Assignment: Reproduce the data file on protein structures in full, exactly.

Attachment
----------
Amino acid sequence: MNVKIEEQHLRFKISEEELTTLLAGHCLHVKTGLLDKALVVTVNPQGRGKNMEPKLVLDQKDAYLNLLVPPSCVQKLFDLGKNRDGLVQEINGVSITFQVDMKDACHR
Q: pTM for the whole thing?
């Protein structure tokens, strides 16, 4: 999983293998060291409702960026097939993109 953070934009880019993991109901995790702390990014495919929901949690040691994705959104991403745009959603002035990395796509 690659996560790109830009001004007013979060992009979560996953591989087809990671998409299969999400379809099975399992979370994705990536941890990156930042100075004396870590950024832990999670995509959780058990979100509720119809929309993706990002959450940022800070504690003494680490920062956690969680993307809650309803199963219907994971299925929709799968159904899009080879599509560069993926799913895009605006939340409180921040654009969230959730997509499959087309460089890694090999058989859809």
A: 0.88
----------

Amino acid sequence: MNVKIEEQHLRFKISEEELTTLLAGHCLHVKTGLLDKALVVTVNPQGRGKNMEPKLVLDQKDAYLNLLVPPSCVQKLFDLGKNRDGLVQEINGVSITFQVDMKDACHR
Q: pTM for the whole thing?
């Protein structure tokens, strides 16, 4: 999983293998060291409702960026097939993109 953070934009880019993991109901995790702390990014495919929901949690040691994705959104991403745009959603002035990395796509 690659996560790109830009001004007013979060992009979560996953591989087809990671998409299969999400379809099975399992979370994705990536941890990156930042100075004396870590950024832990999670995509959780058990979100509720119809929309993706990002959450940022800070504690003494680490920062956690969680993307809650309803199963219907994971299925929709799968159904899009080879599509560069993926799913895009605006939340409180921040654009969230959730997509499959087309460089890694090999058989859809």
A: 0.88